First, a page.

All eyes turn to the Supreme Court, a grey stone building across the square from Parliament (Photo: Reuters)
On the morning of Monday, December 5, all eyes turn to a grey stone building across the square from the Houses of Parliament.
There, in a grandiose courtroom, all 11 justices of the Supreme Court will sit together for the first time to decide a landmark case on Brexit .
So important to Britain’s unwritten constitution is the case that it is taking four full days – and only reports back its verdict in January.
It began last month, when the High Court ruled Theresa May cannot trigger two-year exit process Article 50 without a vote in Parliament.
That sparked a vicious backlash from Brexiteers who attacked the judiciary itself, with the Daily Mail branding judges ‘enemies of the people’.
These are the 11 judges in the Supreme Court case (not Lord Toulson, top left) (Photo: PA)
Gina Miller, the fund manager who brought the successful fight, said she has had death and rape threats. Now she is frightened to leave the house.
Lord Chancellor and Tory minister Liz Truss, slow to defend the judges, faced her own backlash for not sticking up loudly enough for the sanctity of law.
All this noise will seem a world away in the clinical atmosphere of the Supreme Court, which is hearing the government’s appeal.
So who are the 11 judges this time – and are they likely to suffer the same barrage from right-wingers if if they don’t get their way?
It is true that a few have made no secret of their past ties with Europe. But another has been critical of European rulings, and another still is insistent judges will put their personal views behind.
One thing unites them all – and expect this to come up if they face criticism – they are 11 of the most senior, experienced legal voices in the land.
Here’s a quick profile of the powerful panel.
1. Lord David Neuberger
President of the Supreme Court, David Neuberger
The 68-year-old became President of the Supreme Court in 2012 after a four-decade legal career.
The Old Boy of posh Westminster School – a stone’s throw from the court – was made a QC in 1987 and a Lord Justice of Appeal in 2004.
Critics branded him a Europhile after he said studying rulings from Europe helped English judges "take a more principled and structured approach to decision-making".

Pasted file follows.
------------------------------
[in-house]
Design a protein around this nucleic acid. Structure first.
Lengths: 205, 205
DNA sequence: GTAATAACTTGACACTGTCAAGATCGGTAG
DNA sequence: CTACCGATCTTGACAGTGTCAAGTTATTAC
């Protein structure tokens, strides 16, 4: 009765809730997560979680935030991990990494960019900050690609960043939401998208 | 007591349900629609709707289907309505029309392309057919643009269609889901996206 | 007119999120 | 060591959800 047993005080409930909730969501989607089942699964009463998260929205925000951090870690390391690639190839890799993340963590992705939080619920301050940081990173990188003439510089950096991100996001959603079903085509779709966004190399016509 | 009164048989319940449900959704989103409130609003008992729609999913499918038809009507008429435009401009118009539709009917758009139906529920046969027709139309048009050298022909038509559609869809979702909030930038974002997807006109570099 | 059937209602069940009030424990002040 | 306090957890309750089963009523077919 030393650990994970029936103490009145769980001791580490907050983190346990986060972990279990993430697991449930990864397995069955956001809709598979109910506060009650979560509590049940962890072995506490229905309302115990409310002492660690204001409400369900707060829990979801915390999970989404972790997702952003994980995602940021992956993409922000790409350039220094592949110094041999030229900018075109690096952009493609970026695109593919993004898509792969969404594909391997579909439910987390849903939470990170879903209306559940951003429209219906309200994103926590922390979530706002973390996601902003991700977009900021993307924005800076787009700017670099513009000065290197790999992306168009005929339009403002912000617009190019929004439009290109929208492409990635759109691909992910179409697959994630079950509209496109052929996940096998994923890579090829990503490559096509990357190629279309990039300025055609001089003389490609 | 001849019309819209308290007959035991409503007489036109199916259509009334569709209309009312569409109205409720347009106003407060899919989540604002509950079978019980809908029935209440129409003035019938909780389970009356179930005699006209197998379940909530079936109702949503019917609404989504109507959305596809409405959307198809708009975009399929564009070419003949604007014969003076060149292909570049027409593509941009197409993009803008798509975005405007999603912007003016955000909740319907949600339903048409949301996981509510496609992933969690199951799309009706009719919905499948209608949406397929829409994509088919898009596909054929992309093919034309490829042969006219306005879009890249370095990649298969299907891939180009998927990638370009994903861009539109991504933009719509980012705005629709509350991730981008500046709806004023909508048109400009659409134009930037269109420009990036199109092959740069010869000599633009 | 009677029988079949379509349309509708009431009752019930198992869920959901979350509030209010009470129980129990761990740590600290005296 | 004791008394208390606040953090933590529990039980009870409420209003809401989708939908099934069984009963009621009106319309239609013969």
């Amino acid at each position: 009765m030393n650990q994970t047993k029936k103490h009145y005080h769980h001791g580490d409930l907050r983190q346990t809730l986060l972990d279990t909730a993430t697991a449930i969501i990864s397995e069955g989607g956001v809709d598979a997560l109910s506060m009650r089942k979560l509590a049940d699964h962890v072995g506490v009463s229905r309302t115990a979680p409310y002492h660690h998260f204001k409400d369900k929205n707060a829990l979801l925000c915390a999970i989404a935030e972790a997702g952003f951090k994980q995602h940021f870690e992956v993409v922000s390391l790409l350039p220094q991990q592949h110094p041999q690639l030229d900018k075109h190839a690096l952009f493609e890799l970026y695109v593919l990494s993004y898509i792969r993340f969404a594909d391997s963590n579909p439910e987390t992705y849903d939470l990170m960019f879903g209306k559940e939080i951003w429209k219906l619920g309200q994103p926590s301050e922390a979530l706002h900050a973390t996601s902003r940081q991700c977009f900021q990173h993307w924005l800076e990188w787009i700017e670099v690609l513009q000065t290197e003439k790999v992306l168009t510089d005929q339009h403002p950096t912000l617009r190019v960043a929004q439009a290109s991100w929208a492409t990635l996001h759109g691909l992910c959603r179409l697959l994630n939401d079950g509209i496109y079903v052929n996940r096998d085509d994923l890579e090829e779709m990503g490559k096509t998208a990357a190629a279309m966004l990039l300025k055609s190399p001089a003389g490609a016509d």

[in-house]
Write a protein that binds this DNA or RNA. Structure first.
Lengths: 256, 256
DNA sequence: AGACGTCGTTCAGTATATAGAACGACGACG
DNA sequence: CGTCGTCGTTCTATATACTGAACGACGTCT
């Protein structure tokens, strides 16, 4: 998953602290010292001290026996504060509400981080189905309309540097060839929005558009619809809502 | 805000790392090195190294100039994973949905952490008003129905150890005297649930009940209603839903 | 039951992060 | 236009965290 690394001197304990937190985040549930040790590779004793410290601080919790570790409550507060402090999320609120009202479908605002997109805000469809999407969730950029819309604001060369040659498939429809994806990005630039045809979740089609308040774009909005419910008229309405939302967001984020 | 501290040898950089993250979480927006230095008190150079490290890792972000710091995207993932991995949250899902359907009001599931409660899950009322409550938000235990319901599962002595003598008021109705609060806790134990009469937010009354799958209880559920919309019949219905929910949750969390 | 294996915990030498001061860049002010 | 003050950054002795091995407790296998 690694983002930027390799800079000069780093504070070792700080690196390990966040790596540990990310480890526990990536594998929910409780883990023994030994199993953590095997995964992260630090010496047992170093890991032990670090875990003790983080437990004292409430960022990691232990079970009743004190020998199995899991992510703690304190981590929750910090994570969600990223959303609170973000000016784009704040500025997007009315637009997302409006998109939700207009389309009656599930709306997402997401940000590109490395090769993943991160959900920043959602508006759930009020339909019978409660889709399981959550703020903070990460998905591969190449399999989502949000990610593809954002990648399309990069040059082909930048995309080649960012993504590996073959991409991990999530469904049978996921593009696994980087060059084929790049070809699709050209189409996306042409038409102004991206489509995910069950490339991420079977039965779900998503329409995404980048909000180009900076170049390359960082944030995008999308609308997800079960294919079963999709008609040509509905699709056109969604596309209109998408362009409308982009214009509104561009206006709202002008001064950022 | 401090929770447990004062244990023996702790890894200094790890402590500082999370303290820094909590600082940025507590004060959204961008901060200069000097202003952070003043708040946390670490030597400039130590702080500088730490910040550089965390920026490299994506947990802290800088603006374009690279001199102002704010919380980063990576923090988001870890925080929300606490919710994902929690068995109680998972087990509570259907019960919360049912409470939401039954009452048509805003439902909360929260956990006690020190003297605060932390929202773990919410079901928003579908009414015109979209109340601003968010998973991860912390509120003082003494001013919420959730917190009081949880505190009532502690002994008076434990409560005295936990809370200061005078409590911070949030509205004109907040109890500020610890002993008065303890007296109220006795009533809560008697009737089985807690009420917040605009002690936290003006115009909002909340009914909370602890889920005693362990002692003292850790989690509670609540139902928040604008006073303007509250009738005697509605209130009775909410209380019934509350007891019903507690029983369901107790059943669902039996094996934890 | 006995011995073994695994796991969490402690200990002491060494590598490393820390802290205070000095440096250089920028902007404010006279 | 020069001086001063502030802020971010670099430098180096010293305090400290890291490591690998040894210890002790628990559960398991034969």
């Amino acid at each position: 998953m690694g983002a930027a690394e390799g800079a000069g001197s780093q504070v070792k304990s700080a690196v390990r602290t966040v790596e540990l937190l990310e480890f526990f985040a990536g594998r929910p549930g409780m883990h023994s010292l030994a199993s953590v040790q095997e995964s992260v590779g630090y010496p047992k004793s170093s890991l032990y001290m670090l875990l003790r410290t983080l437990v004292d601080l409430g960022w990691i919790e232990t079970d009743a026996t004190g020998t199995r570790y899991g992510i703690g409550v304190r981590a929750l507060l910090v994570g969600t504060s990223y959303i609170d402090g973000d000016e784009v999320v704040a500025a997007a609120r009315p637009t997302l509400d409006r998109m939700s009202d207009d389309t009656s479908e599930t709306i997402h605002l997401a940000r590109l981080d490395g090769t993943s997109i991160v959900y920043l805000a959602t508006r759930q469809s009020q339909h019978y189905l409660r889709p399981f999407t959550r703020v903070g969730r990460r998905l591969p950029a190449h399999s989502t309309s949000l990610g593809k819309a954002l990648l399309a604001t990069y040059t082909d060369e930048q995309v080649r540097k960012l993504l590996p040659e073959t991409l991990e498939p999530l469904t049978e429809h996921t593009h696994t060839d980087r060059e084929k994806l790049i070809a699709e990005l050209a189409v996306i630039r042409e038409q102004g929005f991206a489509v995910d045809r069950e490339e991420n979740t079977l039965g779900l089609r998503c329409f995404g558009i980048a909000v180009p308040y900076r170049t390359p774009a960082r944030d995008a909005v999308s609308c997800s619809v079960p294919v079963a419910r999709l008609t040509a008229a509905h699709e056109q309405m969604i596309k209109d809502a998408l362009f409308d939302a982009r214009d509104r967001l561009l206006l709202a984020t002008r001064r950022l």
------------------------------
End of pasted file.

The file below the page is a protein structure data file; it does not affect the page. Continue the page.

A Tory MP, Andrew Brigden, even called for him to quit – because of his wife. Pro-Remain Angela branded the referendum "mad and bad" on Twitter.
2. Lady Brenda Hale
Baroness Hale of Richmond
The 71-year-old Deputy President is the most senior female judge in British legal history, and the only woman in the male-dominated (and all-white) court.
She flew into a storm with Brexiteers last month by warning Theresa May could need a "comprehensive replacement" for the 1972 European Communities Act – before triggering Article 50 .
Such a requirement would snarl up the government and parliament for months with tricky legislation unpicking European law.
She also pointed out matter-of-factly that the vote on June 23 "was not legally binding on Parliament".
3. Lord Jonathan Mance
The 73-year-old has been a High Court judge since 1993 after graduating from Oxford and top private school Charterhouse.
He’s one half of Britain’s top judicial power couple – with his wife Lady Mance serving as a Court of Appeal judge.
He also attracted the ire of Brexiteers for comments he made in 2013, a week after David Cameron confirmed there would be a referendum.
He said the EU’s "generally consensual" decision process "operates to accommodate the concerns of major EU players, among which the UK certainly is."
He added: "I remain an optimist that future developments will meet the concerns of all but the most extreme Eurosceptics and that the UK’s relationship with the Court of Justice will continue."